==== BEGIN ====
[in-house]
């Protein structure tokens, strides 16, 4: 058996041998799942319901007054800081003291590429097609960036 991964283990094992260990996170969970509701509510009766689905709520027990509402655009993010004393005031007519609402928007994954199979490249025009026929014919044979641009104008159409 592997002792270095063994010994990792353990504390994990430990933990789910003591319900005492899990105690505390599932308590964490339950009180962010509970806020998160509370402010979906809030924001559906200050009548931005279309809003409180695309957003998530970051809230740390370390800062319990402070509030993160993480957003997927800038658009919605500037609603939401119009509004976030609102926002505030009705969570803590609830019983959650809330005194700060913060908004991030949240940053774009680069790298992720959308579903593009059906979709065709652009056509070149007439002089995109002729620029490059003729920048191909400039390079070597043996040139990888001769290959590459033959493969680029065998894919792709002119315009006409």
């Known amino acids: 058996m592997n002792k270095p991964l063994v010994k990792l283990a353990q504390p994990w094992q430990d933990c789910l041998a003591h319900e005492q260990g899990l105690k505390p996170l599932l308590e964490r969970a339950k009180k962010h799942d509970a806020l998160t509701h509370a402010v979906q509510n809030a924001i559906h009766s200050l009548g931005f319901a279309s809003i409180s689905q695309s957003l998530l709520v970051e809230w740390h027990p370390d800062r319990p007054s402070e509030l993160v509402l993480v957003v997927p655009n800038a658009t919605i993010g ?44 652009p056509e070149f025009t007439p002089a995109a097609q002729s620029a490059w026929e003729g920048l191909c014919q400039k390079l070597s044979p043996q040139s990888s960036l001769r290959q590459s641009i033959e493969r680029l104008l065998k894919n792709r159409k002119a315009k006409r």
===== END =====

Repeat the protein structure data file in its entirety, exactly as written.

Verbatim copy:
[in-house]
């Protein structure tokens, strides 16, 4: 058996041998799942319901007054800081003291590429097609960036 991964283990094992260990996170969970509701509510009766689905709520027990509402655009993010004393005031007519609402928007994954199979490249025009026929014919044979641009104008159409 592997002792270095063994010994990792353990504390994990430990933990789910003591319900005492899990105690505390599932308590964490339950009180962010509970806020998160509370402010979906809030924001559906200050009548931005279309809003409180695309957003998530970051809230740390370390800062319990402070509030993160993480957003997927800038658009919605500037609603939401119009509004976030609102926002505030009705969570803590609830019983959650809330005194700060913060908004991030949240940053774009680069790298992720959308579903593009059906979709065709652009056509070149007439002089995109002729620029490059003729920048191909400039390079070597043996040139990888001769290959590459033959493969680029065998894919792709002119315009006409």
């Known amino acids: 058996m592997n002792k270095p991964l063994v010994k990792l283990a353990q504390p994990w094992q430990d933990c789910l041998a003591h319900e005492q260990g899990l105690k505390p996170l599932l308590e964490r969970a339950k009180k962010h799942d509970a806020l998160t509701h509370a402010v979906q509510n809030a924001i559906h009766s200050l009548g931005f319901a279309s809003i409180s689905q695309s957003l998530l709520v970051e809230w740390h027990p370390d800062r319990p007054s402070e509030l993160v509402l993480v957003v997927p655009n800038a658009t919605i993010g ?44 652009p056509e070149f025009t007439p002089a995109a097609q002729s620029a490059w026929e003729g920048l191909c014919q400039k390079l070597s044979p043996q040139s990888s960036l001769r290959q590459s641009i033959e493969r680029l104008l065998k894919n792709r159409k002119a315009k006409r």